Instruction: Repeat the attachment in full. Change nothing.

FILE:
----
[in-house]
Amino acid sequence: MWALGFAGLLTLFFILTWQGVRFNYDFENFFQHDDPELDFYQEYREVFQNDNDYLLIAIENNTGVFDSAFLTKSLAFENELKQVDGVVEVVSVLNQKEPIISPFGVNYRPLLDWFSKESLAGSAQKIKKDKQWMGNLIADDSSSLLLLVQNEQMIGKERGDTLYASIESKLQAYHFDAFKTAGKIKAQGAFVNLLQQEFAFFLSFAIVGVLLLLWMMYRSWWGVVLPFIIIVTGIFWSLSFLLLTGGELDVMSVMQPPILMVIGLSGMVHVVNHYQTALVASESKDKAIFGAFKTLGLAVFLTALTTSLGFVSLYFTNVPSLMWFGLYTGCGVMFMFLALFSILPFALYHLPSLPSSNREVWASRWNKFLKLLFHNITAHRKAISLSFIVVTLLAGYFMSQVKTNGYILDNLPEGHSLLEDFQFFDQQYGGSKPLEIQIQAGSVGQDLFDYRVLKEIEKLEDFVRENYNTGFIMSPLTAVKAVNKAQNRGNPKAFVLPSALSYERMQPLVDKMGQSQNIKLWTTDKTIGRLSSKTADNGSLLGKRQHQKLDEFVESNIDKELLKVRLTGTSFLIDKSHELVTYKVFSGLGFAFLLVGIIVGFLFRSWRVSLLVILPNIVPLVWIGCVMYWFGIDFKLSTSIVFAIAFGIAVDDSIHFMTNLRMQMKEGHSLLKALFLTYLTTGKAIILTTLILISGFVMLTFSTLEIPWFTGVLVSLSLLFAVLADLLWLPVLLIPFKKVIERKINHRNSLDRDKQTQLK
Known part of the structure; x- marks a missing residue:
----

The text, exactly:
[in-house]
Amino acid sequence: MWALGFAGLLTLFFILTWQGVRFNYDFENFFQHDDPELDFYQEYREVFQNDNDYLLIAIENNTGVFDSAFLTKSLAFENELKQVDGVVEVVSVLNQKEPIISPFGVNYRPLLDWFSKESLAGSAQKIKKDKQWMGNLIADDSSSLLLLVQNEQMIGKERGDTLYASIESKLQAYHFDAFKTAGKIKAQGAFVNLLQQEFAFFLSFAIVGVLLLLWMMYRSWWGVVLPFIIIVTGIFWSLSFLLLTGGELDVMSVMQPPILMVIGLSGMVHVVNHYQTALVASESKDKAIFGAFKTLGLAVFLTALTTSLGFVSLYFTNVPSLMWFGLYTGCGVMFMFLALFSILPFALYHLPSLPSSNREVWASRWNKFLKLLFHNITAHRKAISLSFIVVTLLAGYFMSQVKTNGYILDNLPEGHSLLEDFQFFDQQYGGSKPLEIQIQAGSVGQDLFDYRVLKEIEKLEDFVRENYNTGFIMSPLTAVKAVNKAQNRGNPKAFVLPSALSYERMQPLVDKMGQSQNIKLWTTDKTIGRLSSKTADNGSLLGKRQHQKLDEFVESNIDKELLKVRLTGTSFLIDKSHELVTYKVFSGLGFAFLLVGIIVGFLFRSWRVSLLVILPNIVPLVWIGCVMYWFGIDFKLSTSIVFAIAFGIAVDDSIHFMTNLRMQMKEGHSLLKALFLTYLTTGKAIILTTLILISGFVMLTFSTLEIPWFTGVLVSLSLLFAVLADLLWLPVLLIPFKKVIERKINHRNSLDRDKQTQLK
Known part of the structure; x- marks a missing residue: